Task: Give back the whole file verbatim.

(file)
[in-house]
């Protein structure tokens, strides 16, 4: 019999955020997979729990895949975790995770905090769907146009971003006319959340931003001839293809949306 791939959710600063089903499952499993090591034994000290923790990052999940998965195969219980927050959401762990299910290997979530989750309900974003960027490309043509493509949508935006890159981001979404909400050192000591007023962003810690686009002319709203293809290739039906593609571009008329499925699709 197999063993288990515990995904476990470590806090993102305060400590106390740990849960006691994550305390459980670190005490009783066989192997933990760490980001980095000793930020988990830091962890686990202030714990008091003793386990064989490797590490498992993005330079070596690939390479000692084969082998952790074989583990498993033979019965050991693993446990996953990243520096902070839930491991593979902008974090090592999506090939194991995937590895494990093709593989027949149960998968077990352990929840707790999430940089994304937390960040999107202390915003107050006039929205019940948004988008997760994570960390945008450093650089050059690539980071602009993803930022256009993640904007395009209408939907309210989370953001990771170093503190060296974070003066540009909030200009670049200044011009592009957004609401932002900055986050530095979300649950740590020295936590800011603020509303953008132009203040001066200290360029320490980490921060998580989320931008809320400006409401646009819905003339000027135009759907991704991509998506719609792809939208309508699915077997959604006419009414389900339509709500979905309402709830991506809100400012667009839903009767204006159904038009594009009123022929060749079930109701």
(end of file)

[in-house]
């Protein structure tokens, strides 16, 4: 019999955020997979729990895949975790995770905090769907146009971003006319959340931003001839293809949306 791939959710600063089903499952499993090591034994000290923790990052999940998965195969219980927050959401762990299910290997979530989750309900974003960027490309043509493509949508935006890159981001979404909400050192000591007023962003810690686009002319709203293809290739039906593609571009008329499925699709 197999063993288990515990995904476990470590806090993102305060400590106390740990849960006691994550305390459980670190005490009783066989192997933990760490980001980095000793930020988990830091962890686990202030714990008091003793386990064989490797590490498992993005330079070596690939390479000692084969082998952790074989583990498993033979019965050991693993446990996953990243520096902070839930491991593979902008974090090592999506090939194991995937590895494990093709593989027949149960998968077990352990929840707790999430940089994304937390960040999107202390915003107050006039929205019940948004988008997760994570960390945008450093650089050059690539980071602009993803930022256009993640904007395009209408939907309210989370953001990771170093503190060296974070003066540009909030200009670049200044011009592009957004609401932002900055986050530095979300649950740590020295936590800011603020509303953008132009203040001066200290360029320490980490921060998580989320931008809320400006409401646009819905003339000027135009759907991704991509998506719609792809939208309508699915077997959604006419009414389900339509709500979905309402709830991506809100400012667009839903009767204006159904038009594009009123022929060749079930109701």